Other writing

This page  is where I share some of the pieces I most enjoyed writing.

Blind, ugly
Blames, maims, defames
Propaganda of the unprincipled

(Cinquain published in Yellow Moon 20, 2006)


While you lie sleeping, I inhale your breath
And trace my hand elusively on yours.
The night, as inescapable as death,
Engenders every fear the heart deplores.

For once  you were the strong and supple tree
And I the budding sweetly-scented graft.
We bound ourselves together faithfully
And bore the fruit of this most tender craft.

Throughout the years we’ve weathered as the boughs
That battle wind and thunderstorm and drought.
No roots could anchor firmer than our vows
Though in the end all human flesh gives out.

Two lives conjoined so perfectly as one
Not even death can surely bring undone.

(First Prize Poetry, Scribblers Literary Competition 2012)



The coat is fire-engine red. Silver buttons march single file from neck to hem, fending off winds that would burrow beneath your clothes like persistent maggots.

Otherwise, it’s a Plain Jane. Functional. Here to do its job, no more or less. You want to dress it up with designer scarves, cute hats and stiletto boots – that’s your business. It has enough to do to keep you warm without pandering to your vanity as well. Your numb fingertips are no match for pockets that could nurture a young marsupial.

As you admire your reflection, you realise this is a coat that promises nothing it can’t deliver: a veritable shield against the slings and arrows of outrageous winter weather.

You’ve wasted money on fashion and fads – trench coats only suitable for Inspector Gadget, bomber jackets with less padding than your own hips and checked fabrics that turned you backside into a table for four. While you tried to keep up with the trendies, your bone marrow solidified like an ancient glacier that even global warming couldn’t thaw. If only you had a coat like this you might have been a different person – someone warm and contented who could go out and socialize on winter nights without a hot water bottle strapped to each leg. Your relationship might have lasted longer than a mild dose of flu. The road to success might not have terminated at Centrelink. And the GFC (Ghastly Family Christmas-in-July when you told your relatives exactly where to stuff their turkey) might have remained a fond reverie. Such a coat could have saved you from emotional and financial ruin.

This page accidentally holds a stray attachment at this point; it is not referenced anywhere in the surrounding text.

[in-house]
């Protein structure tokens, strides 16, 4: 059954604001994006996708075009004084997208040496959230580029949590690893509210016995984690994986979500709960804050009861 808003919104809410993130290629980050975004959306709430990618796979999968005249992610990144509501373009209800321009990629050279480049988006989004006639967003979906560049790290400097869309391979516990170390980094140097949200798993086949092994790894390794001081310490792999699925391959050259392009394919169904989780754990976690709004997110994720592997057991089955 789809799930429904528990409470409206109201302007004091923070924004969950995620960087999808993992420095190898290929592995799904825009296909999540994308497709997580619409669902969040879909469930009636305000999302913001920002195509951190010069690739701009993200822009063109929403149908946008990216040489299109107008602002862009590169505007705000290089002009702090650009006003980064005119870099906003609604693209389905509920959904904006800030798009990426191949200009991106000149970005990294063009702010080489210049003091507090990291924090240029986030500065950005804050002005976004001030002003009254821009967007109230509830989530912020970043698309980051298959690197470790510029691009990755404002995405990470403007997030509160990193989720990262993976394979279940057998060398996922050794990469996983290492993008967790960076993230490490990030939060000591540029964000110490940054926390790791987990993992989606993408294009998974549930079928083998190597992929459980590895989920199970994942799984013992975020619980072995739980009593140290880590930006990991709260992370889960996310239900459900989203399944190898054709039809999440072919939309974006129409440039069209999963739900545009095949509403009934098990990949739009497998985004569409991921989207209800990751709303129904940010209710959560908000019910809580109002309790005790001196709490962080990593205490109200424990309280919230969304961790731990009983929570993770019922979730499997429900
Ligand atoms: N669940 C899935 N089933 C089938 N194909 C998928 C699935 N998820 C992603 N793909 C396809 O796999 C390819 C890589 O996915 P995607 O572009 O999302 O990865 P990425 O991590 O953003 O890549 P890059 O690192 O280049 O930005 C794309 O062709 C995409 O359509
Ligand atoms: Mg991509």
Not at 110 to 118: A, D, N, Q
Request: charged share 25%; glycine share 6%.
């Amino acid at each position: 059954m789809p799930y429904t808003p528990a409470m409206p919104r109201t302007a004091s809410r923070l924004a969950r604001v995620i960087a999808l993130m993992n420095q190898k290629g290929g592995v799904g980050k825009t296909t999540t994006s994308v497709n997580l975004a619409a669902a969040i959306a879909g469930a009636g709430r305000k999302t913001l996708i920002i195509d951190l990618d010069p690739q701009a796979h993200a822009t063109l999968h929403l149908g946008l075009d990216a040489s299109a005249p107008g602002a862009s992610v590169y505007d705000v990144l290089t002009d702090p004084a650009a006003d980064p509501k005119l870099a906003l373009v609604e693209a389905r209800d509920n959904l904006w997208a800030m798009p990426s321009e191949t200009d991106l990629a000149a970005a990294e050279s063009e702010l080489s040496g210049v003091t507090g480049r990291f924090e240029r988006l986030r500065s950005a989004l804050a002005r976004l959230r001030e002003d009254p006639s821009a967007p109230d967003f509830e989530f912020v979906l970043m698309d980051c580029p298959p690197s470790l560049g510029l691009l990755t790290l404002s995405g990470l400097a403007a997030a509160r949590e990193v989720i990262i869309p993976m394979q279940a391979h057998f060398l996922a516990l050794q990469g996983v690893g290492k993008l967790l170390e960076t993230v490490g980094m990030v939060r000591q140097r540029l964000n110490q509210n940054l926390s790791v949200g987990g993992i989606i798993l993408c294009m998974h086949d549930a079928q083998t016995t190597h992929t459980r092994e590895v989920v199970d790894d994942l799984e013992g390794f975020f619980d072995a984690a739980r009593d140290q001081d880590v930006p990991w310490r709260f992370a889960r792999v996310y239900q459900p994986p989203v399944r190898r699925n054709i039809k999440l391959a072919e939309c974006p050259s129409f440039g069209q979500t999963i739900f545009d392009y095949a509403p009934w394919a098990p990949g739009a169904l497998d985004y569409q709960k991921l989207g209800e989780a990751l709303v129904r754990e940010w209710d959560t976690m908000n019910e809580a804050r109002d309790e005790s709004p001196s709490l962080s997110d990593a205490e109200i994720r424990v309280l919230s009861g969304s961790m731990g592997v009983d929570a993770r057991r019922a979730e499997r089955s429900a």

Even now it seems to admonish you for your rebellious ways, like a parent whose long-ignored advice is finally acknowledged.

You’ve learned you lesson. Solemnly you draw your credit card from its hiding place.

(Originally published in Fair Copy, Official Newsletter of FAW (NSW) Isolated Writers’ Regional, January 2011)



My favourite place is my back yard;
There’s lots of things to do there.
The only trouble is, you see,
Next door’s cat loves to poo there.

I may be playing basketball,
Slam-dunking with preciseness.
My foot collides with something soft
Of questionable niceness.

A cubby ‘neath the trampoline:
There’s nothing that could spoil it
Except when kitty set her mind
To use it as a toilet.

I could be kicking soccer goals—
A future world contender—
I slip and slide in messages
Where kitty is the sender.

I did my best to turn her off
From corners she was craving,
Put old tea leaves and orange peel,
The cat kept misbehaving.

I tried it all and nothing worked.
The kitty wasn’t shooing
‘Til one day Dad brought home a pup…
Now I pick up doggy doings!

(Original version published in Laugh, Chuckle, Smile Anthology, Vol 1, 1996)



Sick people flock to hospital for care,
Relief from pain and surgical repair.
But lurking in the space known as ‘The Gym’,
The physio devises treatments grim.
If she must work, her patients should as well:
No leniency shown for fainting spells.
And pain won’t kill you, yet she might agree
That several hundred squats could sting your knee.
She’ll have you do them anyway to spite,
Although she seems remarkably polite.

So when an operation on your gut
Is why your abdomen is widely cut,
She’ll make you huff and cough until you cry
And think that, frankly, you’d prefer to die.
She’ll exercise you till you beg for help.
Her mission is accomplished once you yelp.
No wonder inmates pray for discharge home
Before their panting mouths erupt with foam.
In case you think my tale a little wry…
A physio like me would never lie!

(This poem was a finalist in Yellow Moon’s Chaucerian Challenge in 2004. The brief was to write a modern version of the 14th century Canterbury Tales. I resubmitted the poem to another competition in  2010 and was placed last.  The judge’s comment began, ‘This sad attempt at traditional rhymed verse needs some serious physio of its own…’)